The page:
April 06, 2006
CAR BOMB IN NAJAF
In Iraq, at least 13 people are dead and dozens are wounded after a car bomb exploded today in the holy city of Najaf. The blast reportedly occurred near one of the world’s most important sites for Shiite Muslims; the Imam Ali shrine. Today’s incident comes amid ongoing sectarian tensions, sparked by the bombing of a Shiite shrine in Samarra.
MASS GRAVES DISCOVERED NEAR KIRKUK
Saddam Hussein was indicted earlier this week on charges of genocide for military campaigns carried out against Kurds in the late 1980s, known as the Anfal campaigns. Kurdish officials announced today that one-thousand bodies have been discovered near the northern city of Kirkuk, including both Kurds and Shiites. David Enders reports from Baghdad.
Throughout the last three years, Iraqi central government and local officials have continued to unearth mass graves from the period of Hussein’s rule. The grave sites that were announced today are in the villages of Al-Asri and Tubazawa, west of Kirkuk. Two mass grave from the era of Saddam’s rule were reportedly found outside the southern city of Nasiriyah on Tuesday. Mass graves in the hundreds were also unearthed outside Basra and outside the northern Kurdish city of Halabja in 2004. The Anfal campaigns, which began in 1987 and continued in 1988, left an estimated 180,000 people dead. Six other co-defendants were indicted on genocide charges this week, including Saddam’s cousin, Ali Hassan al-Majid, also known as Chemical Ali.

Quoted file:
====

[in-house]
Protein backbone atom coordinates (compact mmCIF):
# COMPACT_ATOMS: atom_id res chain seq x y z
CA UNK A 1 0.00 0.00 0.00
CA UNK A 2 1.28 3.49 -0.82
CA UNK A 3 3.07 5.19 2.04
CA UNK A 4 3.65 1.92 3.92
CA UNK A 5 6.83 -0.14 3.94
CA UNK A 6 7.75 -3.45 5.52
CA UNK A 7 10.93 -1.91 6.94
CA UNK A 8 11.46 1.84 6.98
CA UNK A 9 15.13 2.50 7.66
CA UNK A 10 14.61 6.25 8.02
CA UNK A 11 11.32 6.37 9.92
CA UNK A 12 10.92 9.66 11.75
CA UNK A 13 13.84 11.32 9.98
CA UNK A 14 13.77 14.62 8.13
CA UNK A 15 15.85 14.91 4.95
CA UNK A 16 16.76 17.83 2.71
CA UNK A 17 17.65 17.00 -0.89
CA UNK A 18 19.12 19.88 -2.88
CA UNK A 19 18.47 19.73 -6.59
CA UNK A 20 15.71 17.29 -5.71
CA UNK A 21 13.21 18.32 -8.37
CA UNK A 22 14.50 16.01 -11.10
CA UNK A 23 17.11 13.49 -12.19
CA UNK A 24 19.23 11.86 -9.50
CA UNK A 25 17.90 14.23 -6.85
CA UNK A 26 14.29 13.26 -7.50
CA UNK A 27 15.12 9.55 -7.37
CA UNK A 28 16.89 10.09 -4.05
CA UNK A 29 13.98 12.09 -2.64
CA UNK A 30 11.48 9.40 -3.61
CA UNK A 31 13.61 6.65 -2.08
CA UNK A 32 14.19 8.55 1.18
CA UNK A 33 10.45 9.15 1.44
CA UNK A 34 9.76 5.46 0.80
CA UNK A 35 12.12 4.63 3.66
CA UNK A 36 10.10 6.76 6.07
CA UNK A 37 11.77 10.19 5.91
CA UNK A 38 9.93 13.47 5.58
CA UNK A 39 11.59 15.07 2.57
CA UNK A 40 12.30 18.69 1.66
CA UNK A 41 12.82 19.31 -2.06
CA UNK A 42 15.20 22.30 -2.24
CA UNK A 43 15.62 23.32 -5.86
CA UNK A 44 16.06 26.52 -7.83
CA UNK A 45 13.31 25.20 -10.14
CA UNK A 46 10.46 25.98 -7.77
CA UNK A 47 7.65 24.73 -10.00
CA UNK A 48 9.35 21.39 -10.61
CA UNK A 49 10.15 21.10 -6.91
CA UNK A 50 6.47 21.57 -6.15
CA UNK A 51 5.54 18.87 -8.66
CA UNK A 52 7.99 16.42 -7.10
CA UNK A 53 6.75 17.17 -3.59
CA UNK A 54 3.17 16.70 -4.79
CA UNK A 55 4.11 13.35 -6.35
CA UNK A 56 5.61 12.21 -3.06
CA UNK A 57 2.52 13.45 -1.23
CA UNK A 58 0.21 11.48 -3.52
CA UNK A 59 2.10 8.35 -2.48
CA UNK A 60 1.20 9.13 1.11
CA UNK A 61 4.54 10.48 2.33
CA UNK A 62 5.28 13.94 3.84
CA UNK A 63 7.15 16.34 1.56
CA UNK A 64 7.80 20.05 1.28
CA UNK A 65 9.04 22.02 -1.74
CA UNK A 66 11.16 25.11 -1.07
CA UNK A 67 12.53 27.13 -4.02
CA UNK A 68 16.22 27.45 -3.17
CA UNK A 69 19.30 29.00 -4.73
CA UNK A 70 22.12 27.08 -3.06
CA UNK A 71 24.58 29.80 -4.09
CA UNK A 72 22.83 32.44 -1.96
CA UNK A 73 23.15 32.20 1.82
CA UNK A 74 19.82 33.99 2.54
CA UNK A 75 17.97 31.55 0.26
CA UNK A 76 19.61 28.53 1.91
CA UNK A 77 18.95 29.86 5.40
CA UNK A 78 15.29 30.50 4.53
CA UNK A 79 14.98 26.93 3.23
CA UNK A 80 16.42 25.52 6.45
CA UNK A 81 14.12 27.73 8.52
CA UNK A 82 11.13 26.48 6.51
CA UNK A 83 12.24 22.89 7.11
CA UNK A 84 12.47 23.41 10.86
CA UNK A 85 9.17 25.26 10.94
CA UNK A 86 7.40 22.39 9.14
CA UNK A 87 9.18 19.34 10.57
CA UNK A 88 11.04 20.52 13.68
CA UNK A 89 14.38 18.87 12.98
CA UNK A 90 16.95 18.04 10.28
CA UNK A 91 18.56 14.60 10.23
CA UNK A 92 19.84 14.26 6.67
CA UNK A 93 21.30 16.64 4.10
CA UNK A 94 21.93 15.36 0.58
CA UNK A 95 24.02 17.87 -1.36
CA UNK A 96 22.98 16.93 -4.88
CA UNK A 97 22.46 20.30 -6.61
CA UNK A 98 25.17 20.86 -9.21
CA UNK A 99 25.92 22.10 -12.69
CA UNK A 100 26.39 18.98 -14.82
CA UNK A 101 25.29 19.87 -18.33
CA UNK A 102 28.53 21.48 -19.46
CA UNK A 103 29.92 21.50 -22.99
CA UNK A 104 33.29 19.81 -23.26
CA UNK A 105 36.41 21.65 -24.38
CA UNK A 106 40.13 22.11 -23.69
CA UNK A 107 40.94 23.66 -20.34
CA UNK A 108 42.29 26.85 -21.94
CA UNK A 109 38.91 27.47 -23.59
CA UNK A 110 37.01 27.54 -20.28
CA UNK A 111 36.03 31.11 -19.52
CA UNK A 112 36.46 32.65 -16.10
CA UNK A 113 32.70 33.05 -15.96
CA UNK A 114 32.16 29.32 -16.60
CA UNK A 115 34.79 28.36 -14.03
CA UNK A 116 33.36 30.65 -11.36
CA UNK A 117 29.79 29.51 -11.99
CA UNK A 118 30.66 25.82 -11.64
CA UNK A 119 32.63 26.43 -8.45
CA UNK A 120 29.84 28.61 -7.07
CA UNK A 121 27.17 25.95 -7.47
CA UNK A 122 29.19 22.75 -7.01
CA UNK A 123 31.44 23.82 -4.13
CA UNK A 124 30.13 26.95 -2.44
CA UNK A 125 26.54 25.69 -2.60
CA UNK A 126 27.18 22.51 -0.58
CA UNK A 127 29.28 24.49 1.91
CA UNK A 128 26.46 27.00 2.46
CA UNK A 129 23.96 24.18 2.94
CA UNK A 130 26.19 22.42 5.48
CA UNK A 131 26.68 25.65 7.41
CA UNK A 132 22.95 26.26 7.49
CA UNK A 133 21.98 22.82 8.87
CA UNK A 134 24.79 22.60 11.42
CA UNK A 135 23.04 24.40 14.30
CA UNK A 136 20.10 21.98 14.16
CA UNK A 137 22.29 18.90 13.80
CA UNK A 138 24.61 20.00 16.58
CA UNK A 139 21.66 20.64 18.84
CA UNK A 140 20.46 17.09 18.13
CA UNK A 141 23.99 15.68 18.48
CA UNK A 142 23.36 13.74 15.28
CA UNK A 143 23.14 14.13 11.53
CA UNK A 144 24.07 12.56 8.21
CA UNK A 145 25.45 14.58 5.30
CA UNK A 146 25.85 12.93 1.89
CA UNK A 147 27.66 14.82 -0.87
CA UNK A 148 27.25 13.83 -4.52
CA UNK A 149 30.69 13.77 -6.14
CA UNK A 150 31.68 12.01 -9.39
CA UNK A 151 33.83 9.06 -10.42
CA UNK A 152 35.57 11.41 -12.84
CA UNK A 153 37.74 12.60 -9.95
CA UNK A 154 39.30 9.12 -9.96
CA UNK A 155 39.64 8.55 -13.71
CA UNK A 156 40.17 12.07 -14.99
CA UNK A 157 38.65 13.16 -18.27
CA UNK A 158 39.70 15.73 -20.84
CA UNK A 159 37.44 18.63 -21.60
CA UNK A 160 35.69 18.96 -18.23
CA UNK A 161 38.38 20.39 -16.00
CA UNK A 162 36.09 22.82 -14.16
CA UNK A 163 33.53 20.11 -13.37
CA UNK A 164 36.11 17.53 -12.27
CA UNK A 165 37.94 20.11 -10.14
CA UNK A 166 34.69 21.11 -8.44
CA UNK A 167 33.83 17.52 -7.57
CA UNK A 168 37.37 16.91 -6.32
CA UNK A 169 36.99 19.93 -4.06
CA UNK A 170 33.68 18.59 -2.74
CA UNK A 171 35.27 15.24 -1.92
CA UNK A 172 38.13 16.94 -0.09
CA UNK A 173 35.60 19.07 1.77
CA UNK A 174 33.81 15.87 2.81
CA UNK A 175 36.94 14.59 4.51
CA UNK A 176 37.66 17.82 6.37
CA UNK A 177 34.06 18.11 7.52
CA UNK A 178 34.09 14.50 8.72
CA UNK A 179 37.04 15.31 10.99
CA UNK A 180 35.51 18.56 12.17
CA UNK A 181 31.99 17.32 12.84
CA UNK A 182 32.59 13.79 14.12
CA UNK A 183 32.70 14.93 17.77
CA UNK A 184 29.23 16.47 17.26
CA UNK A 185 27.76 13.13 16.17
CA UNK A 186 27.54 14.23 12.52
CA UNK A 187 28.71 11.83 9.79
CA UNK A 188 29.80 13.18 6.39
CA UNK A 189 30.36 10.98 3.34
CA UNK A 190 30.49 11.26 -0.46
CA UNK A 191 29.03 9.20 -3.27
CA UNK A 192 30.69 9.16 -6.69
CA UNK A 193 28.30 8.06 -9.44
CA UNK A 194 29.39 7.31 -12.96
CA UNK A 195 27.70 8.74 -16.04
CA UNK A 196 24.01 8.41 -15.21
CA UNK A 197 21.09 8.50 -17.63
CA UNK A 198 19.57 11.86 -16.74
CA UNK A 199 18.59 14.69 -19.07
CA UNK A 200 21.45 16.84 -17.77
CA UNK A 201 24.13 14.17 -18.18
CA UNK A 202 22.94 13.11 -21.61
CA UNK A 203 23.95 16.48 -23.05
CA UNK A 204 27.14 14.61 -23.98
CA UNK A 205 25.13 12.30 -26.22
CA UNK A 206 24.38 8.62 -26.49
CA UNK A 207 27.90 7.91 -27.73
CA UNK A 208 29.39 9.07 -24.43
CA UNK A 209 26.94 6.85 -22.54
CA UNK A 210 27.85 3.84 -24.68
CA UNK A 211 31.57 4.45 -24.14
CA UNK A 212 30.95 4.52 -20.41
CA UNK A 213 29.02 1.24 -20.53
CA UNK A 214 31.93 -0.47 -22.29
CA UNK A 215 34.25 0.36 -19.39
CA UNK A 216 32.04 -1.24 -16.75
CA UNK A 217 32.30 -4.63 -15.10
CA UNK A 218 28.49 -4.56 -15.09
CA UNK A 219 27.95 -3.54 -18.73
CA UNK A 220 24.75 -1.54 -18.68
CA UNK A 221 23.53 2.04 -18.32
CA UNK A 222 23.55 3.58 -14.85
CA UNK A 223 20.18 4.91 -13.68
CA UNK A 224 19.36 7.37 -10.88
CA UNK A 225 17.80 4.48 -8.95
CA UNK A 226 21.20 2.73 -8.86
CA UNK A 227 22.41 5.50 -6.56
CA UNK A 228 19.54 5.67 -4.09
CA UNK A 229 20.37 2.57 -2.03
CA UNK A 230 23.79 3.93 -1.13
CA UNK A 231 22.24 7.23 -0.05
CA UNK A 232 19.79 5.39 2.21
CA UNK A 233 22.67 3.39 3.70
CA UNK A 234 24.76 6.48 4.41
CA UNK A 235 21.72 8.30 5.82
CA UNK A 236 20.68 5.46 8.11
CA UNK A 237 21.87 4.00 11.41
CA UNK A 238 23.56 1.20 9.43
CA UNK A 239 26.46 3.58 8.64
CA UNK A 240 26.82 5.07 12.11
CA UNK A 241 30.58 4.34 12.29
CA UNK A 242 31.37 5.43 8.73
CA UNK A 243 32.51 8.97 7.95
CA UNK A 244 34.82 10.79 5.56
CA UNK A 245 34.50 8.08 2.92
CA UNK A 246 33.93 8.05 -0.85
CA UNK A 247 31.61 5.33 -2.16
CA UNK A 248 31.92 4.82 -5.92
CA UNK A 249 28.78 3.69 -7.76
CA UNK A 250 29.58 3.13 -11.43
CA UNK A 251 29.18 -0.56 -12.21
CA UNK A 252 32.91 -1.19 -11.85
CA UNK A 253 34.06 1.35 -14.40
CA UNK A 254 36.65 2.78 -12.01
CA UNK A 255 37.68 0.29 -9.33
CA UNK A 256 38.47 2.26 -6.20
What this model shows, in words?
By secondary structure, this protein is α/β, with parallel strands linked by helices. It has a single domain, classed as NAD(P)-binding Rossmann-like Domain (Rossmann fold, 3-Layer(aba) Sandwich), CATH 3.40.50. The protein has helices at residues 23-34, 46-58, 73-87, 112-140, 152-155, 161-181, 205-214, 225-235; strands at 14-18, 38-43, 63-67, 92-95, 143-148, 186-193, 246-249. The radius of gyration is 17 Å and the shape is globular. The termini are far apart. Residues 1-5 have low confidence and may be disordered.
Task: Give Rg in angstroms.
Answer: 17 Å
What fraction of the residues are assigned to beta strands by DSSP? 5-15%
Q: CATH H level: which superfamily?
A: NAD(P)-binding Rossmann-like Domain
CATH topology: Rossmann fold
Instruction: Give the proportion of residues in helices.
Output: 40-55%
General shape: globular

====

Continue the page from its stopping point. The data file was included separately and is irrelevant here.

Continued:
PALESTINIAN CABINET MINISTER DETAINED
Israeli police arrested a newly-appointed Palestinian cabinet minister today as he traveled from Jerusalem to take over from his Fattah predecessor. Minister for Jerusalem Affairs, Khalid Abu Arafah, was released hours later.